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Do you have an Internet Addiction?


Internet Addiction

You’re glued to your smartphone. But you can put it down anytime… right?

You’ve just sat down to have lunch with a friend you haven’t seen in years. You’re raising a glass to toast your friendship when a sudden buzz makes the silverware shimmy. “Sorry,” you say, diving for your phone and jotting a quick text reply in one swift move. “Work stuff.” Minutes later, you sneak a chance to peek at your phone, just making sure you haven’t missed any new messages. And when your friend steps away to the bathroom, you lunge for your phone before she even slides her chair back. Hey, that’s modern life. It’s not like you have an internet addiction, or anything…

According to the journal Cyberpsychology, Behavior, and Social Networking (yes, that’s a thing), 6% of people worldwide do have an internet addiction, though the way it looks in my local Intelligentsia, or heck, even in my house, numbers are higher than that. While experts disagree about whether Internet or tech addiction can be classified as an actual mental disorder, everyone agrees that if your device-checking is at point where it’s getting in the way of your offline life, then you may be in trouble.

Isn’t checking email normal?

Of course it’s normal to want to check email during stolen moments (getting a pedicure… in a doctor’s waiting room… in the carpool line)— between the desire to see what our friends are posting on social media and the pressure to be ever-connected at work, it’s become the new normal. But you might want to look closer if you get a distinct thrill or a rush when you’re online, and tend to feel irritated, depressed or even panicked when you’re away from your devices. Most of all, it’s a problem if you’re impulsively or uncontrollably checking your devices, especially when you know it’s not a good time (say, while you’re watching the baby) or dangerous (while driving). And yes, we’re all online for hours each day, but if you’re so plugged in that you’re starting to isolate yourself from live humans, that is a problem. A European study from 2012 found that out of almost 12,000 adolescents, more than four percent had “pathological Internet use,” meaning their online time got in the way of their offline lives.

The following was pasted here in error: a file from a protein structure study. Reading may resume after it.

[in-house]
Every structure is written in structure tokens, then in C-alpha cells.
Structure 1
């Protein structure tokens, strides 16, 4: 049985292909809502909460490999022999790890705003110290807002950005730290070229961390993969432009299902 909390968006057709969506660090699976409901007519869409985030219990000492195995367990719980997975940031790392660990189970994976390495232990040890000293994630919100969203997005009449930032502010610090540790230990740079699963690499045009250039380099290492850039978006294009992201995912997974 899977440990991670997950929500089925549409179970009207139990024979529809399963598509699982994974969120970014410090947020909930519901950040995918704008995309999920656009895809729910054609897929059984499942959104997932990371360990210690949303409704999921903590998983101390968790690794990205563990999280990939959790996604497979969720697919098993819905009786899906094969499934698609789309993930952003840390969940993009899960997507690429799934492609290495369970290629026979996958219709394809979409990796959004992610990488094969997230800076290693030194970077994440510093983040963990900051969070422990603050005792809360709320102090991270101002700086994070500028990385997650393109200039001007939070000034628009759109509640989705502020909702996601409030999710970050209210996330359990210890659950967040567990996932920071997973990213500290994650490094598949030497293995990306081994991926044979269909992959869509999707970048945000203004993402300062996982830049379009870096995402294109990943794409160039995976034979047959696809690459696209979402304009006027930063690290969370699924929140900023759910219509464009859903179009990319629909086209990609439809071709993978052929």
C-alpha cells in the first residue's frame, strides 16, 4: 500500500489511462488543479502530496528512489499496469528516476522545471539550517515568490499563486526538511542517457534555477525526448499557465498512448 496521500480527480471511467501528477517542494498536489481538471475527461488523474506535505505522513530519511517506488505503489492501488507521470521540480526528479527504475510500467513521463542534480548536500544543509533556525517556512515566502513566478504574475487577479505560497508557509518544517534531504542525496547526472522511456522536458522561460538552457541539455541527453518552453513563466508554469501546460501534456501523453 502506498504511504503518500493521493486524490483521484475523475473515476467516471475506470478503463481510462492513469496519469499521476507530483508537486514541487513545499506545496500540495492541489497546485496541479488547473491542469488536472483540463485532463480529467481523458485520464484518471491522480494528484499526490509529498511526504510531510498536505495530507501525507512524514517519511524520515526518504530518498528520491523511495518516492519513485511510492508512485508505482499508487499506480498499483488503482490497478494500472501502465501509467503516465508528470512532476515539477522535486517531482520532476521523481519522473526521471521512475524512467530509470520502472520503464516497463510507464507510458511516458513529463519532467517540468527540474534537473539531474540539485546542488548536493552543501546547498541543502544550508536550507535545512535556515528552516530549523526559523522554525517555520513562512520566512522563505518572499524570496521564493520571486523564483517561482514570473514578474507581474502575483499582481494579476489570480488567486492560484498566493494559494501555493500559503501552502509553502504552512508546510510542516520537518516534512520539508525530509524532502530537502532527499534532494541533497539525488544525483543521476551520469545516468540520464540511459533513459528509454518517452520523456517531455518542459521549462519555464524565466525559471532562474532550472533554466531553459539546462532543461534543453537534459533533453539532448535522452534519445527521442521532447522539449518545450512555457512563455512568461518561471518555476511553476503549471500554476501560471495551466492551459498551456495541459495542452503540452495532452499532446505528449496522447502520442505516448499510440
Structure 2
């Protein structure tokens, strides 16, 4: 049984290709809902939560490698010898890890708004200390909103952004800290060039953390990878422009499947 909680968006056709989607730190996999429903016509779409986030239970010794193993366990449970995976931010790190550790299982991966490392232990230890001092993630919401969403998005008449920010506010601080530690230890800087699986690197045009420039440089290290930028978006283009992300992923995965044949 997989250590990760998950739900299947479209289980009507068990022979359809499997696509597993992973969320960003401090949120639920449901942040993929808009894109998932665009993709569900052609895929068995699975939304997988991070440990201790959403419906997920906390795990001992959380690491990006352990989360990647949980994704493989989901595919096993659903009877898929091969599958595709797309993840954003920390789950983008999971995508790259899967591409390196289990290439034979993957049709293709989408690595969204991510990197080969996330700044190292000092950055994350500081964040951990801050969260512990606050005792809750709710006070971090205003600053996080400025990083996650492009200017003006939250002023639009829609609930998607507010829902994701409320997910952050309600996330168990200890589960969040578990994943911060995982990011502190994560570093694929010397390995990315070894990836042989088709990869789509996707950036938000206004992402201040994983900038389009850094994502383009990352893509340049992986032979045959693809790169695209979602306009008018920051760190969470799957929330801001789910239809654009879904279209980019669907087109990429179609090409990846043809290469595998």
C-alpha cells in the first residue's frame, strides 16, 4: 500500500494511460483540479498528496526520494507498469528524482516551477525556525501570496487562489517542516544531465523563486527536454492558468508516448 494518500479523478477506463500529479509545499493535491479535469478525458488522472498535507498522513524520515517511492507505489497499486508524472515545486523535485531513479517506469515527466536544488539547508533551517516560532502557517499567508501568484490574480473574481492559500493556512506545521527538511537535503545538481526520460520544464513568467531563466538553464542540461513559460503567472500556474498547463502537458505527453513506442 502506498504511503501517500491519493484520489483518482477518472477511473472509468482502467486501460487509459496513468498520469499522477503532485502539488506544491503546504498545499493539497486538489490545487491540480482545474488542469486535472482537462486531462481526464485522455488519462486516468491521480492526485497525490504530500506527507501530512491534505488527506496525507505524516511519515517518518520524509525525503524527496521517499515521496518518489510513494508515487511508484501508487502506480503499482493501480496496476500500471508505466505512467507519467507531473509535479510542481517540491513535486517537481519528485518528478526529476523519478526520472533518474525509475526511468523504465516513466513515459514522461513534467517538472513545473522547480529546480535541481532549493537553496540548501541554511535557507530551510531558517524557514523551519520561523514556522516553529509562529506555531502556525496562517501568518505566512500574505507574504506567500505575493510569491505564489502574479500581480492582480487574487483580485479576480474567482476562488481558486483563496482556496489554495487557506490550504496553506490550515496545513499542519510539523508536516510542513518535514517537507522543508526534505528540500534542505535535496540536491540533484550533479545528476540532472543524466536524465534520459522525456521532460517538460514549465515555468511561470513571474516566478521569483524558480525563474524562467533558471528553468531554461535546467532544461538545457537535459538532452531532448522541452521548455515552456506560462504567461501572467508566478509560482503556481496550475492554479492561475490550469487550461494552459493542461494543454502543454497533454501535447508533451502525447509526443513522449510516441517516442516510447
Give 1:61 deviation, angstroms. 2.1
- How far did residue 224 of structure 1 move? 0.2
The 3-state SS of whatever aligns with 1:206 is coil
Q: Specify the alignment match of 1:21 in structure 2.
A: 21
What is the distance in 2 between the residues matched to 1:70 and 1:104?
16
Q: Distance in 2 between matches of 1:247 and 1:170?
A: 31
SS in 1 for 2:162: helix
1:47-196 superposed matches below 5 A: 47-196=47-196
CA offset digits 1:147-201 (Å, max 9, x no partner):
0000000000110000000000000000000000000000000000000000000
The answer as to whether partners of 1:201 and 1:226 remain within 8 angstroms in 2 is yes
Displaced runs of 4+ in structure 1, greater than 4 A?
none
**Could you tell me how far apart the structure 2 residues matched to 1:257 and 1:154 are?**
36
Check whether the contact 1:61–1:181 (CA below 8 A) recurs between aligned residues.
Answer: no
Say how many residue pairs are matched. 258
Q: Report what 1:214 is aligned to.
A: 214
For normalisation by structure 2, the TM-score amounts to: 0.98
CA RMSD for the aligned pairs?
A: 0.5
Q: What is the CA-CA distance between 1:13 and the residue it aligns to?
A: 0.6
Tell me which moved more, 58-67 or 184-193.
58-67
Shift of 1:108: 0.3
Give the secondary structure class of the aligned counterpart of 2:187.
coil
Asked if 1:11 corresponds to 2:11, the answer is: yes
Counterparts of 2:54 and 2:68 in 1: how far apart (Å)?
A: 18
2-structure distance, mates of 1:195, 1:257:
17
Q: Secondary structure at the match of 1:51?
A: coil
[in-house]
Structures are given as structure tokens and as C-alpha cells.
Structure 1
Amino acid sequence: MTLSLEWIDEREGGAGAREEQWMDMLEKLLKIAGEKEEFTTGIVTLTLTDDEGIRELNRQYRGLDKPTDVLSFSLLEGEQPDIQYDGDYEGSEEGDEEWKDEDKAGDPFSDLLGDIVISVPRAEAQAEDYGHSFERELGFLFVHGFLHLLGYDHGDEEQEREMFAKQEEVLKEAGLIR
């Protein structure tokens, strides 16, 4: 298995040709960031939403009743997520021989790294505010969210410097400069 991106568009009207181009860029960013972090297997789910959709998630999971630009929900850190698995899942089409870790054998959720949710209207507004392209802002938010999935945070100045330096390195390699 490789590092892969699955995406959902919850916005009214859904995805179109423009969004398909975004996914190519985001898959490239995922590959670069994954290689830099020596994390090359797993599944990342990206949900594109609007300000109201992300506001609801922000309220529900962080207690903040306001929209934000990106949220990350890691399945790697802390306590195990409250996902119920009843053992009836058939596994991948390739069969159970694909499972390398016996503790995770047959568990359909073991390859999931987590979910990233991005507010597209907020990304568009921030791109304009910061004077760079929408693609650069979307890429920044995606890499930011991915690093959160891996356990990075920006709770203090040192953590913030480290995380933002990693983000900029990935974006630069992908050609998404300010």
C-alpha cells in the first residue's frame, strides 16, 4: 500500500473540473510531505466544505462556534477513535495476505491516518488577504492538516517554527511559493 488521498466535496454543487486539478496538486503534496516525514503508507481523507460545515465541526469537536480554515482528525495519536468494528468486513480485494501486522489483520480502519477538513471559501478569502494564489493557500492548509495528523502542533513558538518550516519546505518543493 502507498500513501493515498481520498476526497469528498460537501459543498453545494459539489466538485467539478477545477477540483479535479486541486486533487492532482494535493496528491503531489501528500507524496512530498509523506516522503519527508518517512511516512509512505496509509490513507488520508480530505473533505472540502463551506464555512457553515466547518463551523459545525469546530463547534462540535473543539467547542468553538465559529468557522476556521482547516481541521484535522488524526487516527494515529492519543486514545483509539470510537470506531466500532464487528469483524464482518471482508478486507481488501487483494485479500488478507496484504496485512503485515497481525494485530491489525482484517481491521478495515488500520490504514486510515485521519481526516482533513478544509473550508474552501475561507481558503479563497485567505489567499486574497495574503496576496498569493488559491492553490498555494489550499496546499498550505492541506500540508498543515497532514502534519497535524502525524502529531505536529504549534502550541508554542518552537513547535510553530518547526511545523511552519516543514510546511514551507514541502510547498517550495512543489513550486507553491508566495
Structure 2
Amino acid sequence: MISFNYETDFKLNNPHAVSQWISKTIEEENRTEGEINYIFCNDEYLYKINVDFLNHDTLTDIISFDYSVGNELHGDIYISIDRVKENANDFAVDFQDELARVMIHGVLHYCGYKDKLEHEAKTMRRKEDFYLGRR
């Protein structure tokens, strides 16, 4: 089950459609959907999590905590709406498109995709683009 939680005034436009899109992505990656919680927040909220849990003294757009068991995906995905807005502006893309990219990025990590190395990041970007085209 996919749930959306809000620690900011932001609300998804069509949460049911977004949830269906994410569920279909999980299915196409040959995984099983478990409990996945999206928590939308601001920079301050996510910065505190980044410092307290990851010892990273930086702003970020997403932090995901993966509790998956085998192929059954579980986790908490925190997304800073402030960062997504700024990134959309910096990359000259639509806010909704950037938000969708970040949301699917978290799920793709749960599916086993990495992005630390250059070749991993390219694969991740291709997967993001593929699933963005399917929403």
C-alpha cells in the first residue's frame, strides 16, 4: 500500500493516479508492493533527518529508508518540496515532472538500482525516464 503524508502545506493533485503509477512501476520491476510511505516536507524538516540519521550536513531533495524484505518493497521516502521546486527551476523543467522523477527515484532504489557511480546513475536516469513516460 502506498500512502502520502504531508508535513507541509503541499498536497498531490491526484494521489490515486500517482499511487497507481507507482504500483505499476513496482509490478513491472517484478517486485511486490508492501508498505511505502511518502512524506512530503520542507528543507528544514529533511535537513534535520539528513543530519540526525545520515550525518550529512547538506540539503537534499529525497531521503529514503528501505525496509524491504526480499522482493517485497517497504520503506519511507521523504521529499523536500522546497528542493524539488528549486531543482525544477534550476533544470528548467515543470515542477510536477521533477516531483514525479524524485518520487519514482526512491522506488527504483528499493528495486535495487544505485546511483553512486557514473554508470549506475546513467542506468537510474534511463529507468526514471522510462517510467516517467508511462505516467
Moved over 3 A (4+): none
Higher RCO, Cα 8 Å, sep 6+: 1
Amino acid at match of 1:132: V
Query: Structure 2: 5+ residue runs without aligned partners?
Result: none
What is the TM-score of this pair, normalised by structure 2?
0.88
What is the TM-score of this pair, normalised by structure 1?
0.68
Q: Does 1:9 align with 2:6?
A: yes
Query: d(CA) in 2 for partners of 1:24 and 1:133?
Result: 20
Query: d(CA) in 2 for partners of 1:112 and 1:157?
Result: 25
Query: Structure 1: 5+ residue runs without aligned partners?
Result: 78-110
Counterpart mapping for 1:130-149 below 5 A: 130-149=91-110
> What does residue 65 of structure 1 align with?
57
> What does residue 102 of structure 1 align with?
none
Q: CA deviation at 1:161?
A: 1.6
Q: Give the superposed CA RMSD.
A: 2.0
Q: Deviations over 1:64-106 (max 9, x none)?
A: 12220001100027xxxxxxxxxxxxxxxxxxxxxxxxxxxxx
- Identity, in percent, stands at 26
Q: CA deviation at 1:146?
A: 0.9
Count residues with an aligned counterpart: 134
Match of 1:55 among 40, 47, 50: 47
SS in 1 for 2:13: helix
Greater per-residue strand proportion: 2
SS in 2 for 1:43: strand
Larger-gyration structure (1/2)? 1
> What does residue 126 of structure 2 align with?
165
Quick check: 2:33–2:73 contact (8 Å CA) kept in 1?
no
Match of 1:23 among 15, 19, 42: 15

Is going online often really that bad?

Psychologist and professor Kimberly S. Young, creator of The Center for Internet Addiction and NetAddiction.com, explains that checking social media, or the “ding” of a new text message brings on a dopamine high similar to what a drug addict experiences. Take that in for a second. And as with drugs, when addicts aren’t feeding their addiction, they’re obsessing about how to get back there. In extreme cases, addicts can reach a point where they no longer distinguish between virtual reality and real life. “It can create job loss, divorce, or academic failure, as would any addiction,” says Young. Add to that carpal tunnel syndrome and irregular eating habits because the addict is too sucked into the computer to come up for air, and you’d think everyone would see there’s a problem, except for one thing: “It’s a socially acceptable addiction.” 

What to do

If you suspect that someone you love, or even you, might be in danger of tech addiction, there are things you can try. First, “Check your checking of digital devices,” says Young. “Stop—tell yourself to go for a walk, talk to your husband or wife, or play with your child. It should not be automatic to keep checking.” (How many times have you clicked a device without realizing you were doing it? Guilty.) Second, “Set time limits. I challenge everyone to take a 48-hour digital detox.” Can you disconnect for two full days? Finally, “Disconnect to reconnect,” says Young. “Go out to dinner without devices, or spend quality time with your family talking instead of using media.” In other words, walk up to your spouse and ask if he’ll please pick up some eggs… instead of texting him a grocery list.